How Can You Improve Average Handling Time?
The AHT can be your secret weapon in quality assurance. But it needs to be understood and used appropriately. It is important to remember that lower AHT times alone does not mean an automatic improvement in customer service. Rather, AHT is best viewed as part of a whole suite of performance metrics that require equal focus and attention.
But AHT is a great metric to start with as you explore quality assurance further. Here are a few ways you can improve your average handling time:
1. Identify the Root Cause of Lengthy AHT Numbers
This is only achievable through 100% call monitoring. Quality assurance tools like scorecards and reporting and analytical tools can easily and efficiently track hold times, customer moods, and other impacts on AHT across all channels.
Identifying the root cause can identify patterns, issues, and problem areas that might be causing longer AHT.
2. Put Agent Coaching Sessions Front and Centre
Proper training is imperative for reducing AHT. Untrained agents risk fumbling through calls, which can increase both hold times and customer dissatisfaction. A focus on data-driven, long-term improvements, with an emphasis on empathy, will help agents get better and faster on calls.
3. Review Average Handling Time Over Time
Month-on-month reviews will give an idea of the efficiency of your contact centre. Prioritize comparing your AHT numbers monthly to get an idea of trends.
4. Get Your Knowledge Base in Order
Sometimes AHT is about more than agent performance, but about the resources they have available to them. Agents need a knowledge base that they can refer to quickly and easily. Create a resource library with helpful articles, blogs, and tutorials that can help them grasp the importance of reducing AHT.
5. Embrace Automation
AI automation can assist with time-consuming tasks like chat-bot interactions or email processes. AI can also help monitor trends, issues, and any complications with agent or product processes.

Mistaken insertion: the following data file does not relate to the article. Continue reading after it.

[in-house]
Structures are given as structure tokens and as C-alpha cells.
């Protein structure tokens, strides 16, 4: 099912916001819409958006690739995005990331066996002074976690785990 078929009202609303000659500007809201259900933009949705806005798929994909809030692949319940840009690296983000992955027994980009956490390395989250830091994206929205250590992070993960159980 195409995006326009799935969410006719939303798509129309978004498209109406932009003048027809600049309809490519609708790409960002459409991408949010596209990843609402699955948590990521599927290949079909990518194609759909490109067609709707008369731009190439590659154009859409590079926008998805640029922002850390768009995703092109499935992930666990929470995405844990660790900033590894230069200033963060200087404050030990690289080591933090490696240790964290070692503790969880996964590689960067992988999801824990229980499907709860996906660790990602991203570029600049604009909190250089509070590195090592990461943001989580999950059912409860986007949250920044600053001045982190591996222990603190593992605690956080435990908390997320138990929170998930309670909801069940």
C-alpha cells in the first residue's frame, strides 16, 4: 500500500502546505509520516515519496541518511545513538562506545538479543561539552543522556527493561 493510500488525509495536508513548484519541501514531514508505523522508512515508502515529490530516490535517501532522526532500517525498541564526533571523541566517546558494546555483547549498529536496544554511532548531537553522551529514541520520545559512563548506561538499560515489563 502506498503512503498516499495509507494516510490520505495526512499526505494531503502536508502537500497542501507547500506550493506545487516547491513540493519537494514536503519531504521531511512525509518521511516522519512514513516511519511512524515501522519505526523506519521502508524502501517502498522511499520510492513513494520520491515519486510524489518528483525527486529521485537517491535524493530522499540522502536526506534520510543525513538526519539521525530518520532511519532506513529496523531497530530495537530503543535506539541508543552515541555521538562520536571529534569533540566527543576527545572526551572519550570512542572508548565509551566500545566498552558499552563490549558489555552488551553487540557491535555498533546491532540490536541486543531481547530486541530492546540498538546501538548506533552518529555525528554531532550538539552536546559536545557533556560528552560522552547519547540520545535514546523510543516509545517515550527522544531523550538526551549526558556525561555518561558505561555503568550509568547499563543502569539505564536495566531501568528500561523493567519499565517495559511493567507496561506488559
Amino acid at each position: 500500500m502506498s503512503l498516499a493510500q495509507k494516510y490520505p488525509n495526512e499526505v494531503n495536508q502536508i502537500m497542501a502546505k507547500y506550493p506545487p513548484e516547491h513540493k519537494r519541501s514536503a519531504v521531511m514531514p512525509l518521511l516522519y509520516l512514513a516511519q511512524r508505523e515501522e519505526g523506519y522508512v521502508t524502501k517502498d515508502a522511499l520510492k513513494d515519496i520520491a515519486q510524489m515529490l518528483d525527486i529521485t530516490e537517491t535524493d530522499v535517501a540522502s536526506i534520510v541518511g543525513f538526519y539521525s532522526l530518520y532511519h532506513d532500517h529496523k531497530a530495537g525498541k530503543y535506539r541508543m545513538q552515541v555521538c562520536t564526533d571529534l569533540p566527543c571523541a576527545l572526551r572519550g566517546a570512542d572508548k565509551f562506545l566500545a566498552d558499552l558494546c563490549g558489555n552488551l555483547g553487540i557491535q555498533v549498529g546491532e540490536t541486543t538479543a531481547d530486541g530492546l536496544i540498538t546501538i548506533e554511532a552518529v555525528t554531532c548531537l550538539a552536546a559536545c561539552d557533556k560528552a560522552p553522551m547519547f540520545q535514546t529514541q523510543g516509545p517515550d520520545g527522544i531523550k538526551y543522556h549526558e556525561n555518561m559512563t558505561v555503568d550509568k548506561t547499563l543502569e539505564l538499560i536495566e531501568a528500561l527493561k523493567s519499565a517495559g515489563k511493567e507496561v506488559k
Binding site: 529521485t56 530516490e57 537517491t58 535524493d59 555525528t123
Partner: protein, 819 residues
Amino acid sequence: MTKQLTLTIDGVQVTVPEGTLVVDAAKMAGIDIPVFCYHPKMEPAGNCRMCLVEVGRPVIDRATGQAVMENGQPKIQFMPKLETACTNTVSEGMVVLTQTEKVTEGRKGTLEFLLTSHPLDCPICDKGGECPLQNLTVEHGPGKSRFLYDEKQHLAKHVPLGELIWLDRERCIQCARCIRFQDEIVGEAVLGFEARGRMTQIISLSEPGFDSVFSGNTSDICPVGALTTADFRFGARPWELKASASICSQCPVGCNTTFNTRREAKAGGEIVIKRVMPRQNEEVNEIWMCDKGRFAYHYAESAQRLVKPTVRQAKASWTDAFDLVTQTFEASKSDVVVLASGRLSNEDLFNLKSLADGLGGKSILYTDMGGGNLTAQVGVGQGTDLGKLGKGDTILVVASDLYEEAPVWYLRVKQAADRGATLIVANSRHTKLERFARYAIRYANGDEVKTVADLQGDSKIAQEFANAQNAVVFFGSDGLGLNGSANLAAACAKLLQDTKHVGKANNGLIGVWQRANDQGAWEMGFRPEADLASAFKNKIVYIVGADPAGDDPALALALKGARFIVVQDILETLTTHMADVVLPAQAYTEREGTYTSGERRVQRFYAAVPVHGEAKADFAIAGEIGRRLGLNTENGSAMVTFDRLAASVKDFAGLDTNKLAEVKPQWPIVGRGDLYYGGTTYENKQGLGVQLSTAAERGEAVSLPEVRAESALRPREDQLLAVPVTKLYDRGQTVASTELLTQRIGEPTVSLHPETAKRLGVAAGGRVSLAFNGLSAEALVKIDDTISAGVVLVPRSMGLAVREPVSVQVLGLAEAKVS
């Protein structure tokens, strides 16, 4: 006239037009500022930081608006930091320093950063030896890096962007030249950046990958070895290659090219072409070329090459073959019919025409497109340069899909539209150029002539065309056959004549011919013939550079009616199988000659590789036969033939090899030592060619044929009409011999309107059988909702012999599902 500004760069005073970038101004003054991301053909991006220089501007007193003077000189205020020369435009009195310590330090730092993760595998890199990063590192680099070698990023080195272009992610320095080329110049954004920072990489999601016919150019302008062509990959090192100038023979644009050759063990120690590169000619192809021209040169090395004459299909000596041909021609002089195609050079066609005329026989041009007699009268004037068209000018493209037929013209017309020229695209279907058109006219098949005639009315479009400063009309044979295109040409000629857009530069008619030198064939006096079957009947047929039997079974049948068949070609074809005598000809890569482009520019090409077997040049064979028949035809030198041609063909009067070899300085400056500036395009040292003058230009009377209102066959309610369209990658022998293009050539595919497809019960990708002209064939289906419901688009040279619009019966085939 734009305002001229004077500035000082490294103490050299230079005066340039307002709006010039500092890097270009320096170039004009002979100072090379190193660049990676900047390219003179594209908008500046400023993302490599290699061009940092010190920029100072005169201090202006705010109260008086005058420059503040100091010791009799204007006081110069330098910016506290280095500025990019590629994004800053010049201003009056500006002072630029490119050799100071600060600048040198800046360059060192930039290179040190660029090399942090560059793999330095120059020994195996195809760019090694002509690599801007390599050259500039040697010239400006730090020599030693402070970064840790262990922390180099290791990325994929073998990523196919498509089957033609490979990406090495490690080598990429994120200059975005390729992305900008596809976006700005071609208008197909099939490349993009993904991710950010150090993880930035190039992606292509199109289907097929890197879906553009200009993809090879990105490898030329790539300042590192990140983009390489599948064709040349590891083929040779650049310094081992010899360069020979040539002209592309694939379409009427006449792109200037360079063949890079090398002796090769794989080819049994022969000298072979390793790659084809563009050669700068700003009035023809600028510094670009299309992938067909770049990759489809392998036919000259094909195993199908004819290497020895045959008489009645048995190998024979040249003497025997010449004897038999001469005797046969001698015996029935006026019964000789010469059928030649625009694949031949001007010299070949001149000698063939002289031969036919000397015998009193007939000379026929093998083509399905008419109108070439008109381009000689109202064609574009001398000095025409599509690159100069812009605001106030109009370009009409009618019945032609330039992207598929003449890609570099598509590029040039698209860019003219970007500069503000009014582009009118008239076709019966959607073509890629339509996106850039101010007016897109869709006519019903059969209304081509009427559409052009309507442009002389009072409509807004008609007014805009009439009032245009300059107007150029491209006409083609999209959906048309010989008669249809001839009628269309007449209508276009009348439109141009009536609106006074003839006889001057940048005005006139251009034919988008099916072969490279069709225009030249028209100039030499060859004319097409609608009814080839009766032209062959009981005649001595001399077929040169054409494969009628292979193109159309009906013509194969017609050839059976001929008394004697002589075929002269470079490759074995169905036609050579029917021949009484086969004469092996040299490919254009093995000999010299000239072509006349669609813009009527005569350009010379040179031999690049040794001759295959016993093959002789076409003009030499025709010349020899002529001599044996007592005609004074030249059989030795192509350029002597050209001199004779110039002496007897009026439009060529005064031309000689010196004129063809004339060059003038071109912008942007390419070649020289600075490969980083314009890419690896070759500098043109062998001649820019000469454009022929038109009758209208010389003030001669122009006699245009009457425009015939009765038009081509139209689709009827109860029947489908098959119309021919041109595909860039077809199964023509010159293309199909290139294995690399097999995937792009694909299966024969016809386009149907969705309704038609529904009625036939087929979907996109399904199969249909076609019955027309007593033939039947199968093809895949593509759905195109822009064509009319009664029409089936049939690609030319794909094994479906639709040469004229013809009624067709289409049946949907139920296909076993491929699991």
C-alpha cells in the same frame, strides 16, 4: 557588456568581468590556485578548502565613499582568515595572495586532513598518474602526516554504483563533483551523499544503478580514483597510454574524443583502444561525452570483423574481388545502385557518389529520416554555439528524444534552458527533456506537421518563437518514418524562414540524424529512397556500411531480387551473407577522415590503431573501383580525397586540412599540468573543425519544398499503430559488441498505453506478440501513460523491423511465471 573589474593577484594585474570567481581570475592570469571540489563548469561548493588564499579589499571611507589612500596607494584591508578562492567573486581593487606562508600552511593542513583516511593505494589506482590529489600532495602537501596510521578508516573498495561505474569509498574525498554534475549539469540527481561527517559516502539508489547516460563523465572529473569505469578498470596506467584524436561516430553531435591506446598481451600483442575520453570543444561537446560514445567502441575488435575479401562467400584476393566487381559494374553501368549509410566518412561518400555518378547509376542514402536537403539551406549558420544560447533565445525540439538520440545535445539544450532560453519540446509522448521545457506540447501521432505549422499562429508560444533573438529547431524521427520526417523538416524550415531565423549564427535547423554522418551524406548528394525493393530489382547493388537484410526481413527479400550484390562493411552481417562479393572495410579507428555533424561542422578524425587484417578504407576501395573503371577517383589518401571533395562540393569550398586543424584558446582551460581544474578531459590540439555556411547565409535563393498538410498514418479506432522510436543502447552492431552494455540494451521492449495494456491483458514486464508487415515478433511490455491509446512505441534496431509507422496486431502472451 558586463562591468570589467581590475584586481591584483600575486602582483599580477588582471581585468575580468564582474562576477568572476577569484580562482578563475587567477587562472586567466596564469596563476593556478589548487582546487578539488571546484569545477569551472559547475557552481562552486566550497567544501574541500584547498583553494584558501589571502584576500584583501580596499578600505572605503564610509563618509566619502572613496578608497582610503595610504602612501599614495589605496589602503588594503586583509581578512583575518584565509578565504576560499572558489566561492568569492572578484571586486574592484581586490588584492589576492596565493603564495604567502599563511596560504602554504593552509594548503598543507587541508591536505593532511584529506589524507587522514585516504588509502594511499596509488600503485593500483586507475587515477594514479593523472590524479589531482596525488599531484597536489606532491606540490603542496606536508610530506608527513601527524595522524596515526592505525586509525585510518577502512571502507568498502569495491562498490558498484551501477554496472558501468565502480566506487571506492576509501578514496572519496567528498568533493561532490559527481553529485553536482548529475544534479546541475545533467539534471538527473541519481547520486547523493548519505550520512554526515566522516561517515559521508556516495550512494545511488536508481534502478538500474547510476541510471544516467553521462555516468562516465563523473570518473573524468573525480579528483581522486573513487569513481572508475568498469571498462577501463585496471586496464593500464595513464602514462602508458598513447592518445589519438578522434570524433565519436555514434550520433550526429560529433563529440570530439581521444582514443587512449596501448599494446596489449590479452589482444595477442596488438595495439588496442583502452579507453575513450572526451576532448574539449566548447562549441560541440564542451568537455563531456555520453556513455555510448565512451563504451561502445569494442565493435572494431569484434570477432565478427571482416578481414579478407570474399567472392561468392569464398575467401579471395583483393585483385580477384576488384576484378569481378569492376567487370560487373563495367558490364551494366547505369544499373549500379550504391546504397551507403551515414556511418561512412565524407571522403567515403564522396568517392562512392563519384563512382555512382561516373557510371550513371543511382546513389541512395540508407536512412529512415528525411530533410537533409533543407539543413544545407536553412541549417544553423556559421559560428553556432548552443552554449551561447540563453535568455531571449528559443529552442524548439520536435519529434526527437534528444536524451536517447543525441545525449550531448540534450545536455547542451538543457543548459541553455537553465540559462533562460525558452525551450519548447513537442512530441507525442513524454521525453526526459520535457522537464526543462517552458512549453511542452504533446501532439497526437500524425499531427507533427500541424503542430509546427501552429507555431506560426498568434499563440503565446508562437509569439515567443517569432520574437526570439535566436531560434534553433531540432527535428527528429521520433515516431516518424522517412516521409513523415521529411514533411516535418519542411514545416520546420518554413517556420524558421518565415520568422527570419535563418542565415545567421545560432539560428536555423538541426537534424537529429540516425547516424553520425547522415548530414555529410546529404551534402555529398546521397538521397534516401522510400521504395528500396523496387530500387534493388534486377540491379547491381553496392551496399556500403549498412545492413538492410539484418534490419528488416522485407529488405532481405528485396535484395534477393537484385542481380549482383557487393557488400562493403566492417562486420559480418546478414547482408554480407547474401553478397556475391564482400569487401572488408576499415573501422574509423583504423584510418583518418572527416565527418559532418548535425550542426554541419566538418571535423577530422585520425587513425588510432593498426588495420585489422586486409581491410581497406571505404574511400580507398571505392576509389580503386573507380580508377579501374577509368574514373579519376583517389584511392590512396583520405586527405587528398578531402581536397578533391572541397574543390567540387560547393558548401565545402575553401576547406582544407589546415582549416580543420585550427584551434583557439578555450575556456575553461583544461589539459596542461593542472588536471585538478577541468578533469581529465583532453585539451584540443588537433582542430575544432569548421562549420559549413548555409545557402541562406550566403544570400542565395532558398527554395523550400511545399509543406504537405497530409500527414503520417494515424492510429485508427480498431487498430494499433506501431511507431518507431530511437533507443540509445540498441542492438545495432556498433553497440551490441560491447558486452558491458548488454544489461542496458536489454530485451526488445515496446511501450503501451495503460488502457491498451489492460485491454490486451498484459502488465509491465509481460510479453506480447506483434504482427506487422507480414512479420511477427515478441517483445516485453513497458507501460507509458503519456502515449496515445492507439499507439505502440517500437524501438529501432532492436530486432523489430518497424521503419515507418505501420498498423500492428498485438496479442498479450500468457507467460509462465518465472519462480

Average handling time is a great metric to get your head around. While many might call it a lazy metric, AHT is anything but lazy. It can point to efficiencies (or inefficiencies) and works best as part of the big picture of data analysis. It helps call centres understand what they are doing right and where they need improvements in their processes.
The Bottom Line: AHT Is a Crucial Part of a Quality Assurance Plan
Reducing average handling time is an important way to measure a call centre’s efficiency. But it isn’t the only QA metric that matters. Rather, AHT is one part of a larger plan to raise customer service standards. It is important to understand how all these tools work together to get call centres to their goals.This blog post has been re-published by kind permission of Scorebuddy – View the Original Article
For more information about Scorebuddy - visit the Scorebuddy Website
Call Centre Helper is not responsible for the content of these guest blog posts. The opinions expressed in this article are those of the author, and do not necessarily reflect those of Call Centre Helper.